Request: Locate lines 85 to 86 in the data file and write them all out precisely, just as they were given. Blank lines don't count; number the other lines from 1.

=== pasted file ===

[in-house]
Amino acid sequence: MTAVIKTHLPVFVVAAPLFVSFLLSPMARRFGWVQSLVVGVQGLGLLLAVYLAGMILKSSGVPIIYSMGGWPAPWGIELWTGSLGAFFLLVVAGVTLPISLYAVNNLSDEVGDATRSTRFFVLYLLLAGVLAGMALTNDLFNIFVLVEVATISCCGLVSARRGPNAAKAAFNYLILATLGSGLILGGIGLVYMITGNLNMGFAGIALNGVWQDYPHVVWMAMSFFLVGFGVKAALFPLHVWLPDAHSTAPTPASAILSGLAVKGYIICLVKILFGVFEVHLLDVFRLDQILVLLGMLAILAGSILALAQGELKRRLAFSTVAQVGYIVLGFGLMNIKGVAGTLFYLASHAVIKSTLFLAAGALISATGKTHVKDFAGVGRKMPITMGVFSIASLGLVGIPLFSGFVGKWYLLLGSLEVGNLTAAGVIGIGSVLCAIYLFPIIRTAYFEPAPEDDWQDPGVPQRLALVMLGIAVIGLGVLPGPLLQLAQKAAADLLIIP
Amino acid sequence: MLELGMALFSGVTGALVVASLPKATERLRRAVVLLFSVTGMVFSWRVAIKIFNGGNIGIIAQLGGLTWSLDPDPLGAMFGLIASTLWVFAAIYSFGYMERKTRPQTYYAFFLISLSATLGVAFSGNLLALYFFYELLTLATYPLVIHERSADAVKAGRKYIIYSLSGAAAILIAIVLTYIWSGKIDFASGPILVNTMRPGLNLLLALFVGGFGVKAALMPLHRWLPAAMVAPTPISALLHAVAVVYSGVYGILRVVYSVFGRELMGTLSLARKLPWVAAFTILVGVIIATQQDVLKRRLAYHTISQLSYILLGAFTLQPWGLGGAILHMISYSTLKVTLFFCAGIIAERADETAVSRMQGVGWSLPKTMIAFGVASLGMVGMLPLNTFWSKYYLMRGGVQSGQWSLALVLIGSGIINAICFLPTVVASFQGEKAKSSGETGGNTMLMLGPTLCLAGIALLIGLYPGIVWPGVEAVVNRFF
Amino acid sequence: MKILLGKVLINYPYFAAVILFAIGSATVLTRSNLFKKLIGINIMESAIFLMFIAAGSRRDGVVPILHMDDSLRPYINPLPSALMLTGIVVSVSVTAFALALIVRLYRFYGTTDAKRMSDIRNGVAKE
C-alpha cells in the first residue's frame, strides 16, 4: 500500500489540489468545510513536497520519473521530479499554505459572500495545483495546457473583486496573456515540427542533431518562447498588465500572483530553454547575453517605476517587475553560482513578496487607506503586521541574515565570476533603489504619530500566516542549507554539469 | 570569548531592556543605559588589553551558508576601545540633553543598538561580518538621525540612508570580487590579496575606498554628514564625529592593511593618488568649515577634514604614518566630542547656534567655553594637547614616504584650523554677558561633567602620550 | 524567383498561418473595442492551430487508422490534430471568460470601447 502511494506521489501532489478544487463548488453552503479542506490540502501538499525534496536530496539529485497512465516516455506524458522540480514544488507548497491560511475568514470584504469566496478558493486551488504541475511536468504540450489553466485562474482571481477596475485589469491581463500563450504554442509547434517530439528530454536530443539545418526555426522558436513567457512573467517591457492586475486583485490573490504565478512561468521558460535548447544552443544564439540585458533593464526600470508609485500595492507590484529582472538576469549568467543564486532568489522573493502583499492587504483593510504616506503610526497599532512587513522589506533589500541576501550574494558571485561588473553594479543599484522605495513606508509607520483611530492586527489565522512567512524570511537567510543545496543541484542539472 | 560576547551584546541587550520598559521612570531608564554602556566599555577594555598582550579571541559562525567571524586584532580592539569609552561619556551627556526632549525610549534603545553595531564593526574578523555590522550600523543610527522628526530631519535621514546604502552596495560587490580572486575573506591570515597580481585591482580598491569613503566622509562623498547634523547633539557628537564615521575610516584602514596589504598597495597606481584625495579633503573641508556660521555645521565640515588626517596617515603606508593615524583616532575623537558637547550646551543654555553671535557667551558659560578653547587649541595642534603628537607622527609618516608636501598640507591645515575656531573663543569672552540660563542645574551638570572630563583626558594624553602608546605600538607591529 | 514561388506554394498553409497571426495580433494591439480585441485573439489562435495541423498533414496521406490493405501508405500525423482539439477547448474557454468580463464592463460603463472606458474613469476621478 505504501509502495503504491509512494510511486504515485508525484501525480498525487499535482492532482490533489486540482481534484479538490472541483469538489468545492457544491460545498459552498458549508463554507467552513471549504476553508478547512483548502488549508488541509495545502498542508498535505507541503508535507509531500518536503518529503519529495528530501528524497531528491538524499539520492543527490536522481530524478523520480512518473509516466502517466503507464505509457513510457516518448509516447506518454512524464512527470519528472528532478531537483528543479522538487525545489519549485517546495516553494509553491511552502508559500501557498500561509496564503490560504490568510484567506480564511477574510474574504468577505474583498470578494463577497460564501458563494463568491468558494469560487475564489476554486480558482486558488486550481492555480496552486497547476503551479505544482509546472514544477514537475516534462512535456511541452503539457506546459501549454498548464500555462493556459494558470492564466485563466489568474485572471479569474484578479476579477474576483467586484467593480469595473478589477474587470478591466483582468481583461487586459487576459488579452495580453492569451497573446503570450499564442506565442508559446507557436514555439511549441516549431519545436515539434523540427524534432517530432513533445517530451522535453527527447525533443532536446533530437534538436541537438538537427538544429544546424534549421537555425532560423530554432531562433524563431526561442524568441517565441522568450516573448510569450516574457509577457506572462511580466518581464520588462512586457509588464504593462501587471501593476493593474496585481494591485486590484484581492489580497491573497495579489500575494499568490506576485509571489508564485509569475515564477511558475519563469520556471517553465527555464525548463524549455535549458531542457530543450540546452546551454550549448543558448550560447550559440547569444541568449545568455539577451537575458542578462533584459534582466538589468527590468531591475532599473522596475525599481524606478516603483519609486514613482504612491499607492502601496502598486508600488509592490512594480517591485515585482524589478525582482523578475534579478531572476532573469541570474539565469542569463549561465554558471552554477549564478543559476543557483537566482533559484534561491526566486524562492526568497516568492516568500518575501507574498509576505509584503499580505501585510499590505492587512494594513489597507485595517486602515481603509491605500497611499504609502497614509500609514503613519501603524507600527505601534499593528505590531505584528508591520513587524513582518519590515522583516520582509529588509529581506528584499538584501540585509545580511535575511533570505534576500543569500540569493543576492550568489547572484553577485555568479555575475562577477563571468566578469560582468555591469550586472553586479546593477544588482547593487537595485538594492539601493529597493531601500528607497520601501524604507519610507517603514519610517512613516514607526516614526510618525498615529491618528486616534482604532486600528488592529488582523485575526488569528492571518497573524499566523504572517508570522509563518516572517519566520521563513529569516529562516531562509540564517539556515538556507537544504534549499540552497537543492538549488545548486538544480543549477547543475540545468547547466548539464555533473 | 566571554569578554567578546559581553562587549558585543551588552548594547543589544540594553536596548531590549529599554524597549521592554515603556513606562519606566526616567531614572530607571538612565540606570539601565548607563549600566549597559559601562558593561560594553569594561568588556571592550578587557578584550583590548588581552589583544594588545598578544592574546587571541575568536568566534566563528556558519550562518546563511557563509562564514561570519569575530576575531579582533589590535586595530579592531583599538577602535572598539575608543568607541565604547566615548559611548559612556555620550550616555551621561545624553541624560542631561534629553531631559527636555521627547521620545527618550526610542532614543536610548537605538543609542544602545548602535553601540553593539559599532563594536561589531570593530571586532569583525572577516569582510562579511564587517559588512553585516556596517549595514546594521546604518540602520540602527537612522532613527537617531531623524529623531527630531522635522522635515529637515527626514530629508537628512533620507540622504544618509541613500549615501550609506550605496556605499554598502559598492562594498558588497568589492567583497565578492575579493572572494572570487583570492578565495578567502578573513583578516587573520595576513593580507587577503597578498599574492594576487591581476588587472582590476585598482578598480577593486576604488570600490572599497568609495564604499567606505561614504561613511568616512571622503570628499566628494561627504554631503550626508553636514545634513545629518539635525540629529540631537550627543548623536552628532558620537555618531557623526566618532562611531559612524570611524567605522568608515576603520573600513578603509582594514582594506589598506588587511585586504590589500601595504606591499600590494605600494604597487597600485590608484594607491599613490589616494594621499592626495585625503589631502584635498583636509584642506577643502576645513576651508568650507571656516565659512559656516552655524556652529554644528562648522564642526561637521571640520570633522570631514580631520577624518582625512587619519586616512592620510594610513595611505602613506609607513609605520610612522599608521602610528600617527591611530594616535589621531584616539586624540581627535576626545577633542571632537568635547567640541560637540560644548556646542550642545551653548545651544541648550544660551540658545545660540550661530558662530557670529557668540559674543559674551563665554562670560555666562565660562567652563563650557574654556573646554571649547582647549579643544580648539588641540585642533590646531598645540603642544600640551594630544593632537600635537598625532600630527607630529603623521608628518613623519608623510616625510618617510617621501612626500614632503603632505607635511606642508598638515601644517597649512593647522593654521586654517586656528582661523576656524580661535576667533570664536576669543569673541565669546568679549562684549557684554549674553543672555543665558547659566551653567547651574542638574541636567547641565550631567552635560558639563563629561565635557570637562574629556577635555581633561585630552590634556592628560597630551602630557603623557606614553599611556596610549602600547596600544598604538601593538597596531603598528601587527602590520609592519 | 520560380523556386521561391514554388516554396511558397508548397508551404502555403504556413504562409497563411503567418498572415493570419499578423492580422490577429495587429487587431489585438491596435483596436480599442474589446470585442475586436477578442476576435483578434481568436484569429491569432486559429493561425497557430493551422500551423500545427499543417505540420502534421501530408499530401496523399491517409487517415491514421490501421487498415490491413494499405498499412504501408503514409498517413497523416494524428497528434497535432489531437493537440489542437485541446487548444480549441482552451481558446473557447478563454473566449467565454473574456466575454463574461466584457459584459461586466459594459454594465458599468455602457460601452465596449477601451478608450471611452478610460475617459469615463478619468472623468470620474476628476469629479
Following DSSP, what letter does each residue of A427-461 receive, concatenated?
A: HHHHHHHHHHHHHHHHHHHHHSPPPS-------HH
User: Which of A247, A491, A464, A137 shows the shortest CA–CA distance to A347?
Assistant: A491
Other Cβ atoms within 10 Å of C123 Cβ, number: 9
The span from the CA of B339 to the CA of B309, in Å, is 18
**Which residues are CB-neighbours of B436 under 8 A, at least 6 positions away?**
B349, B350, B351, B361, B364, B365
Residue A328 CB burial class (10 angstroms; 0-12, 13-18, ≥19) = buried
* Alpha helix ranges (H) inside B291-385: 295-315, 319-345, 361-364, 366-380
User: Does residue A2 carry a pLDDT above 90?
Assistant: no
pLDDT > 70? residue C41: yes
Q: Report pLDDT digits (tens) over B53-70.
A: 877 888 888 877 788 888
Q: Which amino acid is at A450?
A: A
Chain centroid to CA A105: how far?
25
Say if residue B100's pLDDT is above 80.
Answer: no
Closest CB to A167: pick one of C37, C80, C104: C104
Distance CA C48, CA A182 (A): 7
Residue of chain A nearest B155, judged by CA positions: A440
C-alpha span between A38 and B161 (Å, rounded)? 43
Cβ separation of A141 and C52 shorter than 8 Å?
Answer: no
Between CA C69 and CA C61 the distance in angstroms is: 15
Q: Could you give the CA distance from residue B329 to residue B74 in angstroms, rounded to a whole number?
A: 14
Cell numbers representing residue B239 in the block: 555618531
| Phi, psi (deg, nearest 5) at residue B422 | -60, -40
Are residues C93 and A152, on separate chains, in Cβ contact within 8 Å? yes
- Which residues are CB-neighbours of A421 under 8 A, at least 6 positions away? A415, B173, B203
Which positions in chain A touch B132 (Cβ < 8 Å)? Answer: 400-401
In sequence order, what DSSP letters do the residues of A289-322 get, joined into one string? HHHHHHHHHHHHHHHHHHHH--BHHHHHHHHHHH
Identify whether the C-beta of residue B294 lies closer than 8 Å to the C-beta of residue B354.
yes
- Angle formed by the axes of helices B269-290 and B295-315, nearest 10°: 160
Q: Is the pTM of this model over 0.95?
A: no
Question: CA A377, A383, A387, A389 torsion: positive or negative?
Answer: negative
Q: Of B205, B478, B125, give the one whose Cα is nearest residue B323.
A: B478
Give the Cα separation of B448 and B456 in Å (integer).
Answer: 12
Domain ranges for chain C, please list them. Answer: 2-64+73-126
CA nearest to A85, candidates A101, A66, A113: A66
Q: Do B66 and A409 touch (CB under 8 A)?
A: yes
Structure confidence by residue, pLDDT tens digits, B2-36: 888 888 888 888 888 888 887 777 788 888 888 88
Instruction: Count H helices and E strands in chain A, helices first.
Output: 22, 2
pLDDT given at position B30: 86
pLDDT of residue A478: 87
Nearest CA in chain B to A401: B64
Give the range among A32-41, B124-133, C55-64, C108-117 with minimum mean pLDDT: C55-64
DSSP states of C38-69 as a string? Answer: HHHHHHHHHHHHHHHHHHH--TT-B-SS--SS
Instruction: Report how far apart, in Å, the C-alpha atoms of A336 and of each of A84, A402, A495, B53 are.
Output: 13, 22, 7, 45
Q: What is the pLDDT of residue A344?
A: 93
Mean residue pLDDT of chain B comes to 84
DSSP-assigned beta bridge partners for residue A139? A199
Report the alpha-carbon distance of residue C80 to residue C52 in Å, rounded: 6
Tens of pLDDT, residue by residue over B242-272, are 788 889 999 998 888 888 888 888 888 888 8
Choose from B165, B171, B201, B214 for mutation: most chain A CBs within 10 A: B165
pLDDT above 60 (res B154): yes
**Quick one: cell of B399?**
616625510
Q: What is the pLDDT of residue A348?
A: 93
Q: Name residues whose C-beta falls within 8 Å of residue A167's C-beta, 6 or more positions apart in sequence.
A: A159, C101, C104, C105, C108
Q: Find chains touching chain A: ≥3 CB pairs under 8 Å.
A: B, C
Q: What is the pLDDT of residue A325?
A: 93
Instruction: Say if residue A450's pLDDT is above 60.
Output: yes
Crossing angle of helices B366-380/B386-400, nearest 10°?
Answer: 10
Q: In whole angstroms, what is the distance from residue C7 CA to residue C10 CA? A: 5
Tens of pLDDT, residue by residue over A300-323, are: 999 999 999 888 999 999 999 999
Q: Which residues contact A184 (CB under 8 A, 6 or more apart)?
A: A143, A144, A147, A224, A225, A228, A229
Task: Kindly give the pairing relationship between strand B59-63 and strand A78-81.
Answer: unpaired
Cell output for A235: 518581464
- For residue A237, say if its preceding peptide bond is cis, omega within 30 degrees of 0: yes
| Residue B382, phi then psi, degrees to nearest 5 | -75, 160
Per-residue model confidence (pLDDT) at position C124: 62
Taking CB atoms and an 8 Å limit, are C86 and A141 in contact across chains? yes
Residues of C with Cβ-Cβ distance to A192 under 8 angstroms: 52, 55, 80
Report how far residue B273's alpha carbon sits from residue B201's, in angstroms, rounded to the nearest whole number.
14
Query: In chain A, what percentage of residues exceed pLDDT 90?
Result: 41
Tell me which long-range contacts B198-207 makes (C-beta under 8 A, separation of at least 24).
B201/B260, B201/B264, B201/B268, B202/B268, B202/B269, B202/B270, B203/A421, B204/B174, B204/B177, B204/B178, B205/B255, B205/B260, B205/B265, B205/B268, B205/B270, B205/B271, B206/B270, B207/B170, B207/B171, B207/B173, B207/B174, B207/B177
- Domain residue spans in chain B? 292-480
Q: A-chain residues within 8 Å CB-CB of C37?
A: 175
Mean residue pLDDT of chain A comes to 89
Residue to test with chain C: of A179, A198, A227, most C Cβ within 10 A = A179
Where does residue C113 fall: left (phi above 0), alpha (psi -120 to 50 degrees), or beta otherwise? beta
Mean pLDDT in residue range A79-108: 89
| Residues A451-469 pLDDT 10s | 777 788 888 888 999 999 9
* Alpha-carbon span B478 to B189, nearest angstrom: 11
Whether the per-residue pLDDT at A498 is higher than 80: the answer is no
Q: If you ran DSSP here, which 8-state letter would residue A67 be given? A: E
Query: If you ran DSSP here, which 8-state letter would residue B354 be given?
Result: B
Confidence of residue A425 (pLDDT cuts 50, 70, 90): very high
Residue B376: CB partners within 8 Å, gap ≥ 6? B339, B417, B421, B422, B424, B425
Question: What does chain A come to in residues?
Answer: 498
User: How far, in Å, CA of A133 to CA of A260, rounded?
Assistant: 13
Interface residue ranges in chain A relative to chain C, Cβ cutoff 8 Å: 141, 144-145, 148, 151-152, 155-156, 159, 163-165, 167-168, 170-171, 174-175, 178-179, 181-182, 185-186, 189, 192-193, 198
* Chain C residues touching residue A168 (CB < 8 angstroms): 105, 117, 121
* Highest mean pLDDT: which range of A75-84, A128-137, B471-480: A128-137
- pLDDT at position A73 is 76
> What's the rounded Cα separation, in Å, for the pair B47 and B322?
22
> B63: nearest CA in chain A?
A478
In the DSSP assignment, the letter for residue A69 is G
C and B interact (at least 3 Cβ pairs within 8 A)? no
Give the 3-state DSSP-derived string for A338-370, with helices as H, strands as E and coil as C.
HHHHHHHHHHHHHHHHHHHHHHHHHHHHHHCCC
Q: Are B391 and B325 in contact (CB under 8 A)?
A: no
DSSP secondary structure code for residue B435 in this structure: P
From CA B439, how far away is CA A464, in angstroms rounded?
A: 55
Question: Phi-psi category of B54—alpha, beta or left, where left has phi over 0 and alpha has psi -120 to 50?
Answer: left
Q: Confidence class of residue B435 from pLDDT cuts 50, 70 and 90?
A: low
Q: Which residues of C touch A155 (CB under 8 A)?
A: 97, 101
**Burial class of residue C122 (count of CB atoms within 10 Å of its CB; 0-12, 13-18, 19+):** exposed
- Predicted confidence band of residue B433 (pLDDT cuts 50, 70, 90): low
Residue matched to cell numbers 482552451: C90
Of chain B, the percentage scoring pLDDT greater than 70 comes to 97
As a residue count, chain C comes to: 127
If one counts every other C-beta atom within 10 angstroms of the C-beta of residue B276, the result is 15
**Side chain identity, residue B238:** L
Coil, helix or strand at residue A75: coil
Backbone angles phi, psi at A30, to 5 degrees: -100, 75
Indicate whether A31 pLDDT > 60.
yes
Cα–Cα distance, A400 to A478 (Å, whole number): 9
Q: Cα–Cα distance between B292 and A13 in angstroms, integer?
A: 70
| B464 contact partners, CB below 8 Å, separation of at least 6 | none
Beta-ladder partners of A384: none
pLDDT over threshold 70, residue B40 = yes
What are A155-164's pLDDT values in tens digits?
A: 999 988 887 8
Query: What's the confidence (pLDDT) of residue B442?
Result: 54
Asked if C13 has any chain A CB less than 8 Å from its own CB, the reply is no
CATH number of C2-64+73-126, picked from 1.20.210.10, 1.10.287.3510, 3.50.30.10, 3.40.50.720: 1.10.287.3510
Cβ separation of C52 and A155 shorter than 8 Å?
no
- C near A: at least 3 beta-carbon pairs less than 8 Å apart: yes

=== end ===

Instruction: Say if residue A450's pLDDT is above 60.
Output: yes